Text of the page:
A creditor lends money to another party, expecting the party, who assumes the debt, to pay them back in full and even with interest after a significant amount of time. However, the debtor does not always fulfill their promise to return the debt, especially when they have limited resources and nonliquid assets, such as real property.
A property lien is the creditor’s right or legal claim on the debtor’s property for the payment of debt. The lien is not the actual payment of the debt. Instead, it prevents the debtor from profiting from the sale of their property until they pay the creditor back.
How can a creditor obtain a property lien?
A creditor can file a certificate of judgment to obtain a lien on the debtor’s property. They can file it with the clerk of the Court of Common Pleas. The type of property lien the creditor will obtain through this process is a judgment lien. A judgment lien in Ohio is only attachable to real property, including land, houses, condominiums and similar property interests. The lien will remain in effect for five years.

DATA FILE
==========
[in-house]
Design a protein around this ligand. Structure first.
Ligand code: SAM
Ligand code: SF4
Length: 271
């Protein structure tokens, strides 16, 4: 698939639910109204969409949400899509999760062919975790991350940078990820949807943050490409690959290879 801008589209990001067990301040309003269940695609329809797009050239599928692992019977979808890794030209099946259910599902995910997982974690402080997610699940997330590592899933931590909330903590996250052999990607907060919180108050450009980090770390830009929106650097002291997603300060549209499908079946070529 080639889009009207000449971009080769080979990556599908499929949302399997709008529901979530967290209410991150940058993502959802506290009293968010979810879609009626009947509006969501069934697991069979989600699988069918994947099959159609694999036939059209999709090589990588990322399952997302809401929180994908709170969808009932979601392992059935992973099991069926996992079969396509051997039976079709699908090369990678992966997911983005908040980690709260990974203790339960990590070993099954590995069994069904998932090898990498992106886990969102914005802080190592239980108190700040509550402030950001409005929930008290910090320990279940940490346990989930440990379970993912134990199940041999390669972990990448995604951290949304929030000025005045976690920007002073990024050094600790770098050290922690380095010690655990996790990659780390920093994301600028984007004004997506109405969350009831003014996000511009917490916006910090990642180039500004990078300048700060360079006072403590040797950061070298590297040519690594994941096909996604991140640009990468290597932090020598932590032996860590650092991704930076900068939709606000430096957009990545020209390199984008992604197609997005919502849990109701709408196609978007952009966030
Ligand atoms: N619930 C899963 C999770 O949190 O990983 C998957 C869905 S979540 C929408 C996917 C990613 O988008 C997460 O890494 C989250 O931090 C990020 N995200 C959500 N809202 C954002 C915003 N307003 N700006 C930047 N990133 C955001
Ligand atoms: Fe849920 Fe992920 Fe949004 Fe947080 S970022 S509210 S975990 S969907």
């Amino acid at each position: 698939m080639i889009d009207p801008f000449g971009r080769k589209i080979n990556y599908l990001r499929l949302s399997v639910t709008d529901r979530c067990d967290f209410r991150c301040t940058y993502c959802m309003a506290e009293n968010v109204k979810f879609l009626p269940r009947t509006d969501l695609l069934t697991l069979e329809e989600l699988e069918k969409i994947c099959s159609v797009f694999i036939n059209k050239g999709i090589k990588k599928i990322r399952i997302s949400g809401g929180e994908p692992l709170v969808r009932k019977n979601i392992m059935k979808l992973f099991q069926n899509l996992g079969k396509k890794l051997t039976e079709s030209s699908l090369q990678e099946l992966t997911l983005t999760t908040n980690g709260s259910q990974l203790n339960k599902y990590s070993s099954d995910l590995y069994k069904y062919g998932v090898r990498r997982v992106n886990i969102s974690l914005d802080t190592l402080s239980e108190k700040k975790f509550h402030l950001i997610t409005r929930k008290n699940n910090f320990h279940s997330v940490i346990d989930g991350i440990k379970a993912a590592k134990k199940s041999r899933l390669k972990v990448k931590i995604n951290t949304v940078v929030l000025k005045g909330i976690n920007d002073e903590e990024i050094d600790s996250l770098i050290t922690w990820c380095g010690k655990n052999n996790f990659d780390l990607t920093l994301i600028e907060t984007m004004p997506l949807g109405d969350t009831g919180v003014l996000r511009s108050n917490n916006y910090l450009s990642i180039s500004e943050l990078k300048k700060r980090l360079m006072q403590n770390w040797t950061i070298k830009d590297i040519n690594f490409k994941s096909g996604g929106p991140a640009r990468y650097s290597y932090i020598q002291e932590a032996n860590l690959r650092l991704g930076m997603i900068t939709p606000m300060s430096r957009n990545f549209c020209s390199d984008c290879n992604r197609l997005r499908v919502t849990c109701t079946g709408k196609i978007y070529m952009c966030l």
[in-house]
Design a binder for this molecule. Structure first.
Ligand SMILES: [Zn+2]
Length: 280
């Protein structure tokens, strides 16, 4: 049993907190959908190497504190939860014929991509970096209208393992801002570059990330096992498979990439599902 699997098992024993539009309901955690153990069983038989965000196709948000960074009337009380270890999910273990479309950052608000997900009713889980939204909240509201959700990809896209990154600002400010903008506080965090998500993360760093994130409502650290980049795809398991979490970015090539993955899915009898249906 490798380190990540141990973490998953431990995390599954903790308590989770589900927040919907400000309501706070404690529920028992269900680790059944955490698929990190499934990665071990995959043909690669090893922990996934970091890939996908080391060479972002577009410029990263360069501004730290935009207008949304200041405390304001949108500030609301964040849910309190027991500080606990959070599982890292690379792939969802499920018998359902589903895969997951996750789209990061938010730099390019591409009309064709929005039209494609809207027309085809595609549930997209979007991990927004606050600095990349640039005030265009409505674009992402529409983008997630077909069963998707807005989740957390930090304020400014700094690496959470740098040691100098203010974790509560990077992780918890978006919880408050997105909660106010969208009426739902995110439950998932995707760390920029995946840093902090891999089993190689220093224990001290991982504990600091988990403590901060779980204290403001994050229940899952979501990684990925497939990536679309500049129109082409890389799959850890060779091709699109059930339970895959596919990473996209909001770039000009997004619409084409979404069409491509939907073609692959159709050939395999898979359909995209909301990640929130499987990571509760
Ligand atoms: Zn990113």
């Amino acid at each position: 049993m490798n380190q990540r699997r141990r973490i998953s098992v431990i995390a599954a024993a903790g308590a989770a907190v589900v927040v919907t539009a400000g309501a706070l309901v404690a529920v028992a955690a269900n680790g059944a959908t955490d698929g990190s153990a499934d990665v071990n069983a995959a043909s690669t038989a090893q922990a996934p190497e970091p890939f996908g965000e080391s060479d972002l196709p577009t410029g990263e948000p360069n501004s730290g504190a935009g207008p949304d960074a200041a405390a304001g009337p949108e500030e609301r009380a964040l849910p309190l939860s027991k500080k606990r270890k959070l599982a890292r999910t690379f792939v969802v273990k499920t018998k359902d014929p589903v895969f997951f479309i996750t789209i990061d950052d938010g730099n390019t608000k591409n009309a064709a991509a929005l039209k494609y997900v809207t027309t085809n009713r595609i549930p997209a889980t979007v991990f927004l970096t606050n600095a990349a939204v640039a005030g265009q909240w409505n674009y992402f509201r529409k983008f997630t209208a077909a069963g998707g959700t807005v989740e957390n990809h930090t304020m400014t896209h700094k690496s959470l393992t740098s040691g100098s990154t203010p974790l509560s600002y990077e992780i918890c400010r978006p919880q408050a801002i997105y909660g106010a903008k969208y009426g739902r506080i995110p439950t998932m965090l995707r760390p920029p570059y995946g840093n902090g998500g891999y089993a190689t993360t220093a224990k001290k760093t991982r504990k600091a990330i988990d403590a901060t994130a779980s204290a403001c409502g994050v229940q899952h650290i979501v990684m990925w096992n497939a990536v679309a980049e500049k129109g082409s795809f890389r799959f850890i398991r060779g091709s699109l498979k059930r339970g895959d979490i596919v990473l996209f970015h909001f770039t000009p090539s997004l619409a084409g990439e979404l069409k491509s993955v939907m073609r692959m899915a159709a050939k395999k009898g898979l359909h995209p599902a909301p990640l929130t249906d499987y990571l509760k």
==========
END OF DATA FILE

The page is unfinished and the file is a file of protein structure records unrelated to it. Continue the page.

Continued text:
How does a property lien ensure the debtor repays the debt?
A debtor who needs to settle different sources of debt may attempt to liquidate their real property. A lien places a legal claim against the property on public record. If any interested party conducts a title search and discovers that the property is subject to a lien, the search will reveal a defective title, and any real estate transaction cannot transpire unless they can clear the title. The judgment lien will prevent the debtor from transferring ownership of the title to the buyer until the proceeds from the sale satisfy the lien claims.